Obtaining an insurance settlement is not always easy after an auto accident in Philadelphia. Insurance companies want to spend as little as possible – or nothing at all – to settle claims. An insurance claims adjuster could use many different tactics to dispute liability for an auto accident. If an insurer tries any of these strategies during your car accident case, contact a Philadelphia car accident attorney for assistance.
Comparative negligence is the assertion that you, the claimant, contributed to your own injuries through an act of negligence. The insurance company may try to allege that your own neglect to fulfill a duty caused the accident or exacerbated your injuries. For example, the insurer may try to argue that you worsened your injuries by delaying medical care.
If the insurance company succeeds in disputing liability through a comparative negligence defense, you may receive less money for your damages. Under Pennsylvania General Assembly Statute 7102, comparative negligence will reduce your compensatory award by an amount equal to your percentage of fault. You will still be eligible for partial recovery, however, as long as you were less than 51% responsible.
An insurance company may also try to avoid liability by claiming that your injuries were preexisting, or existed before the car accident. The insurer may try to prove that you had the injuries prior to the accident or that the crash did not cause the injuries in question. If you did have preexisting injuries, but the car accident exacerbated them, the insurance company could still owe you compensation. You or a Philadelphia injury attorney may have to prove the connection between your claimed injuries and the car accident through evidence such as medical records.
If you missed any important deadlines during the filing process, the insurance company could use this against you to dispute liability. If you waited weeks to file your initial insurance claim after the car accident, for example, this could give the insurer grounds to deny your claim. You must act quickly after a car accident in Philadelphia to initiate the claims process. Use an attorney to help you file your insurance claim or personal injury lawsuit by the deadline and according to all applicable filing rules to avoid hurting your chances of securing a settlement.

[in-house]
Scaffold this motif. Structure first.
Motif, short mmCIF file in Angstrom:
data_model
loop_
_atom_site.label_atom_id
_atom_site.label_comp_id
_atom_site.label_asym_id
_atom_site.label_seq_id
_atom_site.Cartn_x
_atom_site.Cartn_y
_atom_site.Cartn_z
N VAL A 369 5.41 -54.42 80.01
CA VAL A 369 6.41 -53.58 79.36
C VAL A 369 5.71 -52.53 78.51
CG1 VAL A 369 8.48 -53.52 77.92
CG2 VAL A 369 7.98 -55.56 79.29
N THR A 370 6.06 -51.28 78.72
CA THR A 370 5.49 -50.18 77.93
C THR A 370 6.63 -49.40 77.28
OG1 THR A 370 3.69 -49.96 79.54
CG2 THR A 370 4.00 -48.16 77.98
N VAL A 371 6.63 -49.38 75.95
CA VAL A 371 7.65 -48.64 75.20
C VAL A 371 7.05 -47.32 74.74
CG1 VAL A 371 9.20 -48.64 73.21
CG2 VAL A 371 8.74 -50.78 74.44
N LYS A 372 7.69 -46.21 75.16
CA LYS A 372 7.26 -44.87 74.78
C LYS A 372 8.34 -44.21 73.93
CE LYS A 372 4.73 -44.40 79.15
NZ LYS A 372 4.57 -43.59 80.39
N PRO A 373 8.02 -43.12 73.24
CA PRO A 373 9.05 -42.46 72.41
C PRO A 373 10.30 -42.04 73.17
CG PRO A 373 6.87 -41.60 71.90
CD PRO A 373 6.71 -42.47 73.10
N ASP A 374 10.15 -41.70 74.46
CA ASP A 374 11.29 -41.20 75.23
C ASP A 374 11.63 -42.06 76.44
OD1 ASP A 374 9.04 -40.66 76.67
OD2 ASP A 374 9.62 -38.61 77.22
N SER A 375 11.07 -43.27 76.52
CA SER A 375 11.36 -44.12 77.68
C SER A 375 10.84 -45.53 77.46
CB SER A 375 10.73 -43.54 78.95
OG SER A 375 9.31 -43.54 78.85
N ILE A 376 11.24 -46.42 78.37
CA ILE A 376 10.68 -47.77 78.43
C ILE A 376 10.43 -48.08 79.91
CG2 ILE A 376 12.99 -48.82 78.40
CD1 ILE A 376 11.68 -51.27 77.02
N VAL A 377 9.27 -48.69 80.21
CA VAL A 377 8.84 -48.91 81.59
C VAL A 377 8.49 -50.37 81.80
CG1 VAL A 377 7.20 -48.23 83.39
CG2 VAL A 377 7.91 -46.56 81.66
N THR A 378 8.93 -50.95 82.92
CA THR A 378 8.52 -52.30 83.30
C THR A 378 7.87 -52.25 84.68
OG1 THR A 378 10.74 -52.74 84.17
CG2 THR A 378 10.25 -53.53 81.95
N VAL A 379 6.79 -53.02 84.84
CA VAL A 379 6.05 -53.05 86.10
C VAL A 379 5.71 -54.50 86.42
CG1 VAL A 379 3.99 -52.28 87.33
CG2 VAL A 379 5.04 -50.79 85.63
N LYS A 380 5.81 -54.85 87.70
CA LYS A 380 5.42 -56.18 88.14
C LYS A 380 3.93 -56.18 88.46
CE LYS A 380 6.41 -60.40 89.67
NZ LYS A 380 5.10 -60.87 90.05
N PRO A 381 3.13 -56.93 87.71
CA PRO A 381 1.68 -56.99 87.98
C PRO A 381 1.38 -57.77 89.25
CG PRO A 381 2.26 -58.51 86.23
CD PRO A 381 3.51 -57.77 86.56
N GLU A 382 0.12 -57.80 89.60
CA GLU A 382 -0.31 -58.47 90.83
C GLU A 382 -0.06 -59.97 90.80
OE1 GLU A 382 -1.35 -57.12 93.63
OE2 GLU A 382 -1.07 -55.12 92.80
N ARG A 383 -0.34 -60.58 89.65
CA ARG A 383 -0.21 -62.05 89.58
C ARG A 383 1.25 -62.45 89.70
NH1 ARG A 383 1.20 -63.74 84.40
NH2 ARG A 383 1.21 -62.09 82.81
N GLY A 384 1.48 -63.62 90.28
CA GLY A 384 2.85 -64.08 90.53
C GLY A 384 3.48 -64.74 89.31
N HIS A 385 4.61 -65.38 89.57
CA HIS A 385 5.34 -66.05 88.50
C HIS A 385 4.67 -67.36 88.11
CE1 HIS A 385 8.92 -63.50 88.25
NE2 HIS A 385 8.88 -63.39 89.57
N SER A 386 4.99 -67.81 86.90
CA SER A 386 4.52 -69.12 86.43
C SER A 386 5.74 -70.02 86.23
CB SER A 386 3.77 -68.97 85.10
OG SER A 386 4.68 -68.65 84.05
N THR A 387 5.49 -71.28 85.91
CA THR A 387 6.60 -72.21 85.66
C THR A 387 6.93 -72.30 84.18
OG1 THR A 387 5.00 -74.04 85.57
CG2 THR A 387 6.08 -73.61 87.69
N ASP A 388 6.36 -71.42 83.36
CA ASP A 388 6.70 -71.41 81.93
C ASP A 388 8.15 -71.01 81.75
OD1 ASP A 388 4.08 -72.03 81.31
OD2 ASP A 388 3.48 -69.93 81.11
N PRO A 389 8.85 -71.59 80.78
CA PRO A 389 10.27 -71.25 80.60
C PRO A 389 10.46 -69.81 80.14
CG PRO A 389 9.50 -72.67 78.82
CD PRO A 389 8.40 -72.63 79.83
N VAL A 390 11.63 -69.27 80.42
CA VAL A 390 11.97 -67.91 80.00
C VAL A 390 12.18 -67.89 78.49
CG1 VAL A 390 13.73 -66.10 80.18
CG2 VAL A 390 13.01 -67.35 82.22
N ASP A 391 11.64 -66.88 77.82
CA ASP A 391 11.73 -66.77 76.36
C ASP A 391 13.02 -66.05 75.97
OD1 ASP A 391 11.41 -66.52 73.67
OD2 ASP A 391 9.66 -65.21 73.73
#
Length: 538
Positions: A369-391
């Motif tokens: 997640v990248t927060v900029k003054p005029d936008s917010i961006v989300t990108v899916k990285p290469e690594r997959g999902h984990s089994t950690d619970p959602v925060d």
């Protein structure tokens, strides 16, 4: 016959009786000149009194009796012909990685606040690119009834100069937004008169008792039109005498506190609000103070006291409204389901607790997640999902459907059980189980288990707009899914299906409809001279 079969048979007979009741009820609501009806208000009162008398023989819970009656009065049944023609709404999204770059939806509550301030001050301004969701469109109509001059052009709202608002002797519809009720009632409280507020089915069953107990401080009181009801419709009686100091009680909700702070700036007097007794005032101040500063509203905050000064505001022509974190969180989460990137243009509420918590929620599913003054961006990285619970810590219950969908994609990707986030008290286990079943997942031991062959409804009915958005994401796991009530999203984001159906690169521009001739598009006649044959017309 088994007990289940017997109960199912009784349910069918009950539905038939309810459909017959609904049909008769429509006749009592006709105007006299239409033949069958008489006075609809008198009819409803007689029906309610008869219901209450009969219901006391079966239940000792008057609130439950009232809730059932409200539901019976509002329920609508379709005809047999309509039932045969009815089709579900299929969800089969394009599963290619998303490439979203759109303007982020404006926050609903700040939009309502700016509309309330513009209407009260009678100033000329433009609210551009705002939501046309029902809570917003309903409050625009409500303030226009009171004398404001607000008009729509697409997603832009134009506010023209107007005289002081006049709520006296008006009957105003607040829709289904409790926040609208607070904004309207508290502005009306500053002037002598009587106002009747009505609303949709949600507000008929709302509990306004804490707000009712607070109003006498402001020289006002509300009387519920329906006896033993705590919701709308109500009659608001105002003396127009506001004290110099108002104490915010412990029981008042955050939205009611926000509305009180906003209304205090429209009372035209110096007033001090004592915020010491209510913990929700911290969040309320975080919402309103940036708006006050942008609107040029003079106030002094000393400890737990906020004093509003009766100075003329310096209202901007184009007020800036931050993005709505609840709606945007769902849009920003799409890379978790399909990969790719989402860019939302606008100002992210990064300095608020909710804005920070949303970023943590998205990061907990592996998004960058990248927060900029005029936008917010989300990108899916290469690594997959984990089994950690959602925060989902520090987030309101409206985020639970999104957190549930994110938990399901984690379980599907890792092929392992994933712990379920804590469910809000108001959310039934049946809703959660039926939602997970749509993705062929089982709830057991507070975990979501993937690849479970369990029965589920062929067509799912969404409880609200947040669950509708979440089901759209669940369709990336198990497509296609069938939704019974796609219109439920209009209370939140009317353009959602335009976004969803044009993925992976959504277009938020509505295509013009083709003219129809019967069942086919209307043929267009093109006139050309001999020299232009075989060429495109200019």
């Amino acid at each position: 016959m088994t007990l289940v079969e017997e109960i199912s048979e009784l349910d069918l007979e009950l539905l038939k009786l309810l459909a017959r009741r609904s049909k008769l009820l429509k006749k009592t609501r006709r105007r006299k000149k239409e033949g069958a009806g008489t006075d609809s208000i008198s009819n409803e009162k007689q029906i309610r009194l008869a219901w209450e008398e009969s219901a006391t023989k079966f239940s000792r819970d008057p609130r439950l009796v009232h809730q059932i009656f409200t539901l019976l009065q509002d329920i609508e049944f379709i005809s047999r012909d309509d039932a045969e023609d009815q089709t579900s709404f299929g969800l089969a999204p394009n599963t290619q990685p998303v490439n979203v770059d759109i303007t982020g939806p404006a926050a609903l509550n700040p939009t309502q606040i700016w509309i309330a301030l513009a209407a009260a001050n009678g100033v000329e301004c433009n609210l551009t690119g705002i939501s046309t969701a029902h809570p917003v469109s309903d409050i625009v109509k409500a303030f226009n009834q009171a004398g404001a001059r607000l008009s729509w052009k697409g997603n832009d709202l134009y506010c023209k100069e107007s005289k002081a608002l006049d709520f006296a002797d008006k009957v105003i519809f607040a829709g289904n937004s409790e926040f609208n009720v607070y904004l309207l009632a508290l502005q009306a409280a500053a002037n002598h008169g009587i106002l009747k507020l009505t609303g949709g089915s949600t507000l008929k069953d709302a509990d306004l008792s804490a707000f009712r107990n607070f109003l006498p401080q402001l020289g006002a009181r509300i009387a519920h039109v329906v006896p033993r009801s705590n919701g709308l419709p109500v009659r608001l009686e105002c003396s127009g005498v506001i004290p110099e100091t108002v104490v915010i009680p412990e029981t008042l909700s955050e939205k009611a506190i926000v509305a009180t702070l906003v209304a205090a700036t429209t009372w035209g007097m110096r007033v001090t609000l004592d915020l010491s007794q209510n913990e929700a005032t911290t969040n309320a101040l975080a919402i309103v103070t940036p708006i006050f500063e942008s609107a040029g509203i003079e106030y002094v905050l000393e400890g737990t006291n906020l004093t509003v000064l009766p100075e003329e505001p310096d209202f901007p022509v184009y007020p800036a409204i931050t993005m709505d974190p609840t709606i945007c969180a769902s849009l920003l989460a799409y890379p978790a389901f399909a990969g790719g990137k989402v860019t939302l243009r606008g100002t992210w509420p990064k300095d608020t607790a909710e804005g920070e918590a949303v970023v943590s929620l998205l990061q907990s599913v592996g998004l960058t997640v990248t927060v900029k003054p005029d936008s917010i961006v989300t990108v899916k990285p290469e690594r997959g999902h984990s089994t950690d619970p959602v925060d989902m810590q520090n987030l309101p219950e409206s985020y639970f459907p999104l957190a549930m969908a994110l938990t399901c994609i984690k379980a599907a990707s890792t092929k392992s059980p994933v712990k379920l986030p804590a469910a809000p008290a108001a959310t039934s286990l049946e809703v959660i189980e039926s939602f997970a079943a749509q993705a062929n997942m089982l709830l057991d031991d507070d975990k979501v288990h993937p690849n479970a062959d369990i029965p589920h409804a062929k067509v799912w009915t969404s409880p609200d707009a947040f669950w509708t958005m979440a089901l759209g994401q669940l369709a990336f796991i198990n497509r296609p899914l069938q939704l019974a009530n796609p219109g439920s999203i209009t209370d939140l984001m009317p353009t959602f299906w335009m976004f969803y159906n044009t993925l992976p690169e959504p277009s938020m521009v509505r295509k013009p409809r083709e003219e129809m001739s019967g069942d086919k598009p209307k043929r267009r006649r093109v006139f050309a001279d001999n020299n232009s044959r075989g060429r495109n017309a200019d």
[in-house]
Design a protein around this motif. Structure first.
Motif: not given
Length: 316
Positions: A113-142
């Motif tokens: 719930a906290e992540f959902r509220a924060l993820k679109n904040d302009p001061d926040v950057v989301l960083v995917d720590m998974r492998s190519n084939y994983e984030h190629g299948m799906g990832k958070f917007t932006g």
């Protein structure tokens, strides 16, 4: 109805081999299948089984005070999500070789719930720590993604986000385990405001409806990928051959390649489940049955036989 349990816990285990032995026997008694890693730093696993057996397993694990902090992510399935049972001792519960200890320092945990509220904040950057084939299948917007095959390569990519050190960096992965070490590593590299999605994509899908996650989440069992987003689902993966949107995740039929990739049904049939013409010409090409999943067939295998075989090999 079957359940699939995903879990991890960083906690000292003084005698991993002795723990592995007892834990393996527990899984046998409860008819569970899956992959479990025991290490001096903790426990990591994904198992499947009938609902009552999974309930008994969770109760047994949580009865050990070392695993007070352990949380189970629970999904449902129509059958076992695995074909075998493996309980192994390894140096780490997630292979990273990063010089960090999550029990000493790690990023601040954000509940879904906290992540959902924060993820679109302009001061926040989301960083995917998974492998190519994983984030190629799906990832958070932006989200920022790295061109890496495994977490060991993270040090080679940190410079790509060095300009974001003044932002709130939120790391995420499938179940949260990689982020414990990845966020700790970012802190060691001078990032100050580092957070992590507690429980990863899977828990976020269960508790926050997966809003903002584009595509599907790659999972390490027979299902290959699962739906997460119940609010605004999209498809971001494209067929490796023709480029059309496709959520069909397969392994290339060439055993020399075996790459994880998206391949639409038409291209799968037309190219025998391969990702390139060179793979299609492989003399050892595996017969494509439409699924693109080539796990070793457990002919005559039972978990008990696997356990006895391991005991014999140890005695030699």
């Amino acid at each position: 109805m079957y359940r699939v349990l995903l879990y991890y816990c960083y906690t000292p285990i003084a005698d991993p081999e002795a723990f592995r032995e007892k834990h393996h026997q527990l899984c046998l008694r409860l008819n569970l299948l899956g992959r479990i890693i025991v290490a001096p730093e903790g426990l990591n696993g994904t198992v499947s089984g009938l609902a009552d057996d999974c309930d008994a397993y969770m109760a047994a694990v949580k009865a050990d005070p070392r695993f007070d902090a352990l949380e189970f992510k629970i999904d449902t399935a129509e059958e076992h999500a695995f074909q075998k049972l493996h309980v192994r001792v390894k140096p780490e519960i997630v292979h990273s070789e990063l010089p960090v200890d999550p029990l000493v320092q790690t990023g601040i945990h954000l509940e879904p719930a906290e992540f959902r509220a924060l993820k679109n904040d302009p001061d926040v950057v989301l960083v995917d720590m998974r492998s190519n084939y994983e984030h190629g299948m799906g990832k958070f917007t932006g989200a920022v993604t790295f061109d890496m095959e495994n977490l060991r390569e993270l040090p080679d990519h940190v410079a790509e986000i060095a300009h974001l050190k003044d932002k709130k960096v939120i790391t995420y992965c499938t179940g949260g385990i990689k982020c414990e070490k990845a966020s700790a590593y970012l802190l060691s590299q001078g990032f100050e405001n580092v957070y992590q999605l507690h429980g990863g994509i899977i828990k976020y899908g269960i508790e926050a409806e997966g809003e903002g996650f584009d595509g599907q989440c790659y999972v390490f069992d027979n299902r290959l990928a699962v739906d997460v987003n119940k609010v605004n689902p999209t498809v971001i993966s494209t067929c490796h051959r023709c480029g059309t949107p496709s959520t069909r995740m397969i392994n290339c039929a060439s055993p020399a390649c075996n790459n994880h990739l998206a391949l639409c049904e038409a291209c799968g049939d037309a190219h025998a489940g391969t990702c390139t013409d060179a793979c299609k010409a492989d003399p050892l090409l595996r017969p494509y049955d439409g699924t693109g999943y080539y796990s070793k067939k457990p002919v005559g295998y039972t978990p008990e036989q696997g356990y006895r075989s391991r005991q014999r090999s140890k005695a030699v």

A common tactic insurance providers use to refute liability is to assert that the plaintiff is unreliable. An insurance claims adjuster will ask you to give a recorded statement early on – sometimes as soon as the day of the car accident. Do not agree to give one. If you do, the insurance company could use it against you later. Your story might change as you learn more about your accident. The insurance company could compare your initial recorded statement with your current story and use the discrepancies to prove to a judge or jury that you are an unreliable witness. This could hurt your claim to damages.
The insurance company may allege insufficient evidence as a means to delay your settlement or avoid paying. It may request excessive amounts of evidence or documentation from you, such as medical records from your past that have nothing to do with your claimed injuries. If you need help gathering further evidence of fault or damages for an insurance claim, or if you believe the company is acting in bad faith, request assistance from a car accident attorney.
Bad Faith Tactics
Some insurance companies use bad faith tactics to dispute liability. Bad faith means the insurer is not treating the claim with the required amount of honesty, diligence and good faith. You could be a victim of insurance bad faith if the company denied your claim without reason or refused to offer a reasonable amount for your losses. If your lawyer finds evidence of bad faith, you could file an additional lawsuit against the insurance company. Contact a Philadelphia injury lawyer for help if an insurance company uses any method to dispute liability for your car accident or related injuries.